During election cycles, I sometimes see letters to the editor from candidates thanking the people who voted for them. The titles assigned to those letters are always "RAPS __(candidate's name)__". At least that's what I remember them being. What the heck does RAPS mean? Even google doesn't know. Anyway, I believe that today's article in The Capital is RAPSing the police chief. Let's examine it.
The Peerless Rens Club in Eastport holds some special memories for Chief Joseph S. Johnson who retires in June.
Most of my "special memories" involve some sort of chemical compound and at least 1 trip to the emergency room.
In 1994, he was meeting with then-Mayor Alfred A. Hopkins when he got the mayor's nod to become chief of the Annapolis Police Department. It was also the site of his wedding reception 37 years ago.
I know that I haven't been posting regularly, so let me take this chance to hit on one of my biggest issues: the use of the middle initial when publishing someone's name. DOES ANYBODY NOT KNOW WHO MAYOR ALFRED HOPKINS IS? WERE THERE MORE THAN 1 MAYOR AL HOPKINS'? NO. This blog's official position is that there are only 2 instances where publishing the middle initial is acceptable:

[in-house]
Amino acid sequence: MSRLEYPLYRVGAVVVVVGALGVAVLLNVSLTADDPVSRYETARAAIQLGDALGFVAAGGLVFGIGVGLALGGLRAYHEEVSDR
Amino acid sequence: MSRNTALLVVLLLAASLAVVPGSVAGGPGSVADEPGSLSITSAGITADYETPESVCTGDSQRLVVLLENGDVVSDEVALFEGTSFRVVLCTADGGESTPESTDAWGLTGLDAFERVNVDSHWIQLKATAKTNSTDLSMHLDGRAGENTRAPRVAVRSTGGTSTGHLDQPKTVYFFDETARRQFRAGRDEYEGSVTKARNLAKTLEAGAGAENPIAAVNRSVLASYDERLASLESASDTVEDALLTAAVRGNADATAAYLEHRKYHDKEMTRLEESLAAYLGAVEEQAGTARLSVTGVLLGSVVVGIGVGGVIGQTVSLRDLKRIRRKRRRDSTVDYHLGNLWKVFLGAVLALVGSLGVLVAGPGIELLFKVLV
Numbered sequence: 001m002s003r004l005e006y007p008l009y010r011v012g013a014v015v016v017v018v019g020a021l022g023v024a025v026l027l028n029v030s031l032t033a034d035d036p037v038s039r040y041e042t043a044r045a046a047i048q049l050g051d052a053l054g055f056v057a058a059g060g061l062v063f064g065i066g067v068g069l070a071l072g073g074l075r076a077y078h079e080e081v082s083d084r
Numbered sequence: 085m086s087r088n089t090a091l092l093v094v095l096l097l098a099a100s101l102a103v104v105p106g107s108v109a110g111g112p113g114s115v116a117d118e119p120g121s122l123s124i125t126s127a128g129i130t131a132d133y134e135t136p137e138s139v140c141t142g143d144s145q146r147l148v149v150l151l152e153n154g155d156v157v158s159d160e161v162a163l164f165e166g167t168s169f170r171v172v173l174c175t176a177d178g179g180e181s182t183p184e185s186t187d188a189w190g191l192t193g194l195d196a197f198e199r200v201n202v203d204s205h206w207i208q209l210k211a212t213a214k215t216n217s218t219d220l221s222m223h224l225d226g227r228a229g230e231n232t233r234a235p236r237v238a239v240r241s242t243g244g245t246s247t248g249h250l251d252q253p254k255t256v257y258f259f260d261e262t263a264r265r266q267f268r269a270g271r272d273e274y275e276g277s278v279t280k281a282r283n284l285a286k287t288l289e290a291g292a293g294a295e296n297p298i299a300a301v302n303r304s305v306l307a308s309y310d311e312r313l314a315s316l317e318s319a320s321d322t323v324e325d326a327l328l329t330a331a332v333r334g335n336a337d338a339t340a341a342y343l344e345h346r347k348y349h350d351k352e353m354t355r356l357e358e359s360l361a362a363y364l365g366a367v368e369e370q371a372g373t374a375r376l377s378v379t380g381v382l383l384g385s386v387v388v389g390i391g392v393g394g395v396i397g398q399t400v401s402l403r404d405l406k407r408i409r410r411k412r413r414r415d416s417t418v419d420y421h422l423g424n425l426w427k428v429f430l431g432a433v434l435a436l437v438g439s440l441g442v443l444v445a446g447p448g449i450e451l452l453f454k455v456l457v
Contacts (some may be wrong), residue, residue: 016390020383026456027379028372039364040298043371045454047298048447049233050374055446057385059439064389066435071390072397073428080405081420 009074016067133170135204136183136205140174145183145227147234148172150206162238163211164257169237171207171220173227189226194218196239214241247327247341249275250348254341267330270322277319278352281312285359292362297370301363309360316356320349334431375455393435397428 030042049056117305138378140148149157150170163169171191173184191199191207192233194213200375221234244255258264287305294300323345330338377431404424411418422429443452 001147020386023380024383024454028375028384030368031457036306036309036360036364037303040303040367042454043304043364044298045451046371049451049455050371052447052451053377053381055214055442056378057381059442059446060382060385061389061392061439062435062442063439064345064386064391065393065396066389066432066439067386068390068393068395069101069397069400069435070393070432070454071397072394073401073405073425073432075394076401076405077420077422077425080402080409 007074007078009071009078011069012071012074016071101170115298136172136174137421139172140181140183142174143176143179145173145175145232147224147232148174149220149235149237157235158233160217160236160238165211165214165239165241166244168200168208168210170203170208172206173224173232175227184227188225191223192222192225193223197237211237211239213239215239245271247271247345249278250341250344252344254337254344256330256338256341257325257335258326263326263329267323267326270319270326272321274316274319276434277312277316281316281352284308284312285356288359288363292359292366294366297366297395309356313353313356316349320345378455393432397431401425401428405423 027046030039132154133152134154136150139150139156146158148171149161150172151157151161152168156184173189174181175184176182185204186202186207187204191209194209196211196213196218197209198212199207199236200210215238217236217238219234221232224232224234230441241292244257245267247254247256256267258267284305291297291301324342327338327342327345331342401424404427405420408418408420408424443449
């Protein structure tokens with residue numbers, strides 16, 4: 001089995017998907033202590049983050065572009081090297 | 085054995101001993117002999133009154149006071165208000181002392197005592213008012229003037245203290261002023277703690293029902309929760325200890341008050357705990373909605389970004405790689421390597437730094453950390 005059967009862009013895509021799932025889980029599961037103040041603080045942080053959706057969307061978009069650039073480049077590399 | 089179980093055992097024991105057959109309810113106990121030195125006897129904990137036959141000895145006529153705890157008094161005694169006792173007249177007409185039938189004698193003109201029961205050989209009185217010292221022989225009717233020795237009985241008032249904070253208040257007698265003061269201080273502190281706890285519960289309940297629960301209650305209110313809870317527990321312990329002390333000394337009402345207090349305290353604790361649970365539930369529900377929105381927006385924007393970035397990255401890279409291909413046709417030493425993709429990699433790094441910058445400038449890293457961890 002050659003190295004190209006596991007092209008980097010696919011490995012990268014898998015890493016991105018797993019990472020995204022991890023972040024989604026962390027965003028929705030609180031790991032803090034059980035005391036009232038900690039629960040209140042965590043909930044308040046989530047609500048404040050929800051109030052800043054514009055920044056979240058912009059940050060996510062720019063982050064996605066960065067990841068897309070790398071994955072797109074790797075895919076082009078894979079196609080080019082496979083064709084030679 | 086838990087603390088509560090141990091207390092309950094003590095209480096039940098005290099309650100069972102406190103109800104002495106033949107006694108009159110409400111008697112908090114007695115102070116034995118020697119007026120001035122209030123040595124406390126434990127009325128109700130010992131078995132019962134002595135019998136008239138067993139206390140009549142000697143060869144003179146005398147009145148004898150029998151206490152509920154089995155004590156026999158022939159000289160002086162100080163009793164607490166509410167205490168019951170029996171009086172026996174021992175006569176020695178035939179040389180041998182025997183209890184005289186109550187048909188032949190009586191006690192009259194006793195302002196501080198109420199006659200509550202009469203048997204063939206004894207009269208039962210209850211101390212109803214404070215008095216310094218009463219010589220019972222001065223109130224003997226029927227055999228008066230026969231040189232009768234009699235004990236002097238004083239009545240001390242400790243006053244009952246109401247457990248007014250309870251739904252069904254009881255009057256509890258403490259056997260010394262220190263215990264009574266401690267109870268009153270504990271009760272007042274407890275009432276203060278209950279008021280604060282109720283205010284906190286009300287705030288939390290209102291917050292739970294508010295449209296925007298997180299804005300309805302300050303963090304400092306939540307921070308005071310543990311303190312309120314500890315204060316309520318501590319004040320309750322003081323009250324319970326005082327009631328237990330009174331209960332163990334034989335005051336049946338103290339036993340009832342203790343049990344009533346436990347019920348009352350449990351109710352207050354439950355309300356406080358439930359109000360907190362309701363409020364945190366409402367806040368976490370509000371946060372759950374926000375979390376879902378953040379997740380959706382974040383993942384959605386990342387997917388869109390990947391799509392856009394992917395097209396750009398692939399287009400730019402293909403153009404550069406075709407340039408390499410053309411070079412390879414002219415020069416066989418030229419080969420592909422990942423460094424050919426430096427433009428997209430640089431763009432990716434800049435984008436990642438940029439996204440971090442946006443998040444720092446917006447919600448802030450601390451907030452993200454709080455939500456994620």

George W. Bush
Michael J. Fox
And last night, Chief Johnson returned to the club where community members and local officials said their goodbyes to the chief.
"We love you, we respect you, and we appreciate your leadership," said Carl O. Snowden, the Maryland attorney general's director of civil rights who served as emcee for the evening.
Well, at least Carl Snowden is earning his paycheck.
Chief Johnson announced in February that he will retire after 14 years with the department and more than 40 years of service in public safety.
About 100 people, including elected officials, attended the event last night. "Since he's been here, (the department has) run like a Swiss watch," said Sen. John Astle, D-Annapolis.
Goodness gracious. As Roger Clemems would say, I believe Senator Astle misremembers. Even if certain things were not the chief's fault, the department has been far from a swiss watch. As we speak, I believe they only have 1 cell. 1 cell! And, if someone happens to be arrested, the arresting officer has to spend hours in the booking procedure. On any given night, 5 people are arrested. And since each patrol shift has only a dozen or so officers, on any given night 40% of the patrols are not patrolling but rather are booking suspects. The ratio of supervisors to patrol officers is like 1:1, the homicide investigation unit is comparatively understaffed, and the proportion of vacant positions is 500% higher than in the county. But other than that, Swiss precision.